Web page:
The traditional “silos” of higher education are being replaced with partnerships. Universities are partnering with both the public and private sectors for the good of the local, national and global communities and economies.
The Cameron School of Business has thoroughly enjoyed partnerships with the business community in and around Wilmington. These collaborations have been win-win situations for both sides. The CSB benefits the local business community by providing current employees with professional learning opportunities; integrating new talent into the labor market through involvement in cooperative educational experiences such as learning alliances and internships; meeting the labor market needs of business and industry; promoting corporate social responsibility; and serving as the economic “anchor” for the community through the creation of jobs and by offering training and education for local residents.
In turn, the business community serves the Cameron School of Business by providing opportunities for students’ career exploration; supplying resources to enrich the curriculum; ensuring that we teach relevant skills required of industry; improving the education setting by upgrading facilities and equipment with generous donations; and assisting with curriculum development, new learning opportunities, and skill development.
One of CSB’s most innovative business collaborations is the Learning Alliance project. During the first year of the professional MBA program, students work with other professional MBA students, a mentor from the CSB faculty, and a counselor from the Small Business and Technology Development Center to form a consulting team for a regional small business. The goal of the alliance is to foster learning by both parties through the interactive exchange of ideas, data, and studies of the firm’s business processes and competitive environment.
Furthermore, the Cameron School of Business strongly encourages students to participate in internships, and works to provide the resources to help with the search process. Internships focus on learning and provide students the chance to apply the knowledge they have acquired through their coursework, while gaining marketable skills through hands-on experience. Internships can improve students’ chances of finding jobs after graduation. Most employers (87.2 percent) interviewed by the National Association of Colleges and Employers said that their new hires have internship experiences.
Additional student exposure to the business community is possible through the mentor relationships developed within the Cameron Executive Network. This network is composed of more than 200 active and retired executive volunteer mentors for our students. Recently, Cameron created a business career preparation course and a business essentials course. The courses emphasize ethics in decision making, business communication skills, social responsibility, team building and leadership skills, and are often taught by instructors from the Cameron Executive Network.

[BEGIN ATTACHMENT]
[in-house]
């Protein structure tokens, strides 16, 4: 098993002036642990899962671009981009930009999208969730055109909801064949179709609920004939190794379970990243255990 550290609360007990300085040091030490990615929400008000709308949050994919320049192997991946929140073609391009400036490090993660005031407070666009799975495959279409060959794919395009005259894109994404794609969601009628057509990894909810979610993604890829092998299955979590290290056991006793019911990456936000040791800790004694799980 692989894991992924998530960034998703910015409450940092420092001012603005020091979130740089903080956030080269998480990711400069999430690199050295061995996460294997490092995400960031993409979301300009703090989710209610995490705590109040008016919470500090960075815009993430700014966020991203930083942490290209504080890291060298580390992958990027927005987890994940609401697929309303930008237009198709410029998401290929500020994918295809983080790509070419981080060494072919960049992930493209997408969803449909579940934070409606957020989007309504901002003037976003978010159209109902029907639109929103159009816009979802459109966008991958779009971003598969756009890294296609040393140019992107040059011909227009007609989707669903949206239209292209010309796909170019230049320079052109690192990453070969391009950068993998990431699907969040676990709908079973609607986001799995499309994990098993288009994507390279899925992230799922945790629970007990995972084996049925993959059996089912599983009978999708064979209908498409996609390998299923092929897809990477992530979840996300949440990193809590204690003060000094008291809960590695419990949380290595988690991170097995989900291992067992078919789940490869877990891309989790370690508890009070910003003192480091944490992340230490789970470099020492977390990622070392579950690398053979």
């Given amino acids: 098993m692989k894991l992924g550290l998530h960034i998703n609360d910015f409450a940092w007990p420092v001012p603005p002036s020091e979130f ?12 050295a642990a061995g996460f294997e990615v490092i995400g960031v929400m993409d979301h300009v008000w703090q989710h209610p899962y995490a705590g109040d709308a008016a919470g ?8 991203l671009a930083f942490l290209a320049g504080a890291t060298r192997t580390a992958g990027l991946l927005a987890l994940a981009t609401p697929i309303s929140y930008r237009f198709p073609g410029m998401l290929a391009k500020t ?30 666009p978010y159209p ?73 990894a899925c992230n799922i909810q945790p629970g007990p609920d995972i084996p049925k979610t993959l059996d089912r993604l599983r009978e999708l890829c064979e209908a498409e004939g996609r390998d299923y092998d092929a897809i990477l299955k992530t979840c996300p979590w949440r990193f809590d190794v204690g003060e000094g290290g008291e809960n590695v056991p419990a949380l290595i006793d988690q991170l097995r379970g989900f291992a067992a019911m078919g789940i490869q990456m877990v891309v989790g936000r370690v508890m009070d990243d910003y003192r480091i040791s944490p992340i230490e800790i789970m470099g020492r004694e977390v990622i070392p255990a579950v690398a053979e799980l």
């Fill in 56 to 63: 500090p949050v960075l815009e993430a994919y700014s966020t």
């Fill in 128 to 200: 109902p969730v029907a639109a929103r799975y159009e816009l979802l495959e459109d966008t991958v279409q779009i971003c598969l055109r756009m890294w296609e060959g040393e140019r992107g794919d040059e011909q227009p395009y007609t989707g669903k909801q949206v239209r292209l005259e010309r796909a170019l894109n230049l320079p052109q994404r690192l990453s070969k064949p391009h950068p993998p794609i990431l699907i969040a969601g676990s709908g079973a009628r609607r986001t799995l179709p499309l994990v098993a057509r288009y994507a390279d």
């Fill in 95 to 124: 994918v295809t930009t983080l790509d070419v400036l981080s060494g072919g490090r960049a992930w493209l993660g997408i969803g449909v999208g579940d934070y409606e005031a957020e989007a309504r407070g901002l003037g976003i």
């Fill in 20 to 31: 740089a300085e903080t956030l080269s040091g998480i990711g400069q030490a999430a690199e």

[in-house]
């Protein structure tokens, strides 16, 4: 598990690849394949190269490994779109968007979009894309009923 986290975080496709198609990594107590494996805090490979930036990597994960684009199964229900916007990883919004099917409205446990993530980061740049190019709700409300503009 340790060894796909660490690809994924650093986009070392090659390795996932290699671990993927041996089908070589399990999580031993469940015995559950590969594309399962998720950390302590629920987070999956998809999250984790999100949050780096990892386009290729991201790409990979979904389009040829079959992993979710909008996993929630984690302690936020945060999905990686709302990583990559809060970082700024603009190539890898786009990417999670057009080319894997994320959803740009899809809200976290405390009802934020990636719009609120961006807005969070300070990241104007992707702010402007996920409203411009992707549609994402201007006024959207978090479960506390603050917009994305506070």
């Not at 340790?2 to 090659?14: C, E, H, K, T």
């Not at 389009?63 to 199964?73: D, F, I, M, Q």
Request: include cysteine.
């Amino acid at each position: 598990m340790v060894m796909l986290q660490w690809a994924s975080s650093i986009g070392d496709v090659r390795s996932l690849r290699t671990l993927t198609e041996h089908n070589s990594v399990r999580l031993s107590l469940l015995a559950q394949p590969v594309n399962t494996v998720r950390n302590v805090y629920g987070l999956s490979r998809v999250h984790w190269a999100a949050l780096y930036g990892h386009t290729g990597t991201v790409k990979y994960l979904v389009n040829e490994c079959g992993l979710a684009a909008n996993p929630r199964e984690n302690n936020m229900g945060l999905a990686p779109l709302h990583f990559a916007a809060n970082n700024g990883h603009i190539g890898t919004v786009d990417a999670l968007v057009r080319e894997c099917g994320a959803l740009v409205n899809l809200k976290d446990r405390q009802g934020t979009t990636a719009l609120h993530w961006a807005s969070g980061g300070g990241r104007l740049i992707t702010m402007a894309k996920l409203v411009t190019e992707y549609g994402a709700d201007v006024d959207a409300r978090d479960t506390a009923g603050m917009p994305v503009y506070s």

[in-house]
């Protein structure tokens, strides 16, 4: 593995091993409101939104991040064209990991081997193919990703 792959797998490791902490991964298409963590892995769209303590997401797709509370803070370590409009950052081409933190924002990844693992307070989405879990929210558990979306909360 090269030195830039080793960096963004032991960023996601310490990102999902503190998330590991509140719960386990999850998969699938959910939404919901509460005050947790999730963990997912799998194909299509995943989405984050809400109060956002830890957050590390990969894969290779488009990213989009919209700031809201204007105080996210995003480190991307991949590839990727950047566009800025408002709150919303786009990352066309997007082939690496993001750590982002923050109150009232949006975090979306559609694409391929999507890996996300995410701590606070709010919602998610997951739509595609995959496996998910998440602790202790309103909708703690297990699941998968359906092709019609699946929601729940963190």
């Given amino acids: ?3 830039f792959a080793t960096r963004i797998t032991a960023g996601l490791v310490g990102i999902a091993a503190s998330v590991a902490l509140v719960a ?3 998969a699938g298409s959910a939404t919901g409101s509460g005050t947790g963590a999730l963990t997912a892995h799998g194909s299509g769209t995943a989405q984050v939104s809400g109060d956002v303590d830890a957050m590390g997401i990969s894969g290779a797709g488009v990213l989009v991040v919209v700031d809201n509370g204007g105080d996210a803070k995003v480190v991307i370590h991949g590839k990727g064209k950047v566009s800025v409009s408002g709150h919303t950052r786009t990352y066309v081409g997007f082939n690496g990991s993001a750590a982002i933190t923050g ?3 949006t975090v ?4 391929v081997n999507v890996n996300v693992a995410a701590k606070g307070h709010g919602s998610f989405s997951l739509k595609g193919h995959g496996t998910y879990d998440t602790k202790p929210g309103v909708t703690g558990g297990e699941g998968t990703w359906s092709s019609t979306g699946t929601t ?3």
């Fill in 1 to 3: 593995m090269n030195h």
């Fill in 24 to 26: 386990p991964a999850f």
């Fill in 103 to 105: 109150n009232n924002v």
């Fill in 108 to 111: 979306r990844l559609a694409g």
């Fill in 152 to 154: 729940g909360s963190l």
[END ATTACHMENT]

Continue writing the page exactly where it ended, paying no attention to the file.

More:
Through the Swain Center for Professional and Continuing Education, the Cameron School of Business can bring its talent into the corporate environment and assist with project management, health care management, and even offer onsite MBA programs for a company’s employees. This fall, the center will be offering a full array of courses, and the Swain Center team would be pleased to help you customize a program to meet your company’s specific needs. The Swain Center also provides the business community with current economic information, and hosts annually an Outlook conference for economic activity and forecast. The Economic Barometer is a quarterly snapshot of local, regional and national economic trends.
The business community has been generous to Cameron. From businesses opening their doors to our interns, to business leaders attending brainstorming sessions on curriculum and program development, we have seen incredible gestures of support from the local community. We value and treasure these partnerships. We reciprocate by providing the community with highly qualified, ready-to-work students. These mutual partnerships will help drive our local economy to new heights.
Robert T. Burrus, Jr., Ph.D., is the dean of the Cameron School of Business at the University of North Carolina Wilmington, named in June 2015. Burrus joined the UNCW faculty in 1998. Prior to his current position, Burrus was interim dean, associate dean of undergraduate studies and the chair of the department of economics and finance. Burrus earned a Ph.D. and a master’s degree in economics from the University of Virginia and a bachelor’s degree in mathematical economics from Wake Forest University. The Cameron School of Business has approximately 60 full-time faculty members and 20 administrative and staff members. The AACSB-accredited business school currently enrolls approximately 2,000 undergraduate students in three degree programs and 200 graduate students in four degree programs. The school also houses the prestigious Cameron Executive Network, a group of more than 200 retired and practicing executives that provide one-on-one mentoring for Cameron students. To learn more about the Cameron School of Business, please visit http://csb.uncw.edu/. Questions and comments can be sent to [email protected].
Christina Haley O'Neal - Sep 24, 2018
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Cece Nunn - Sep 24, 2018
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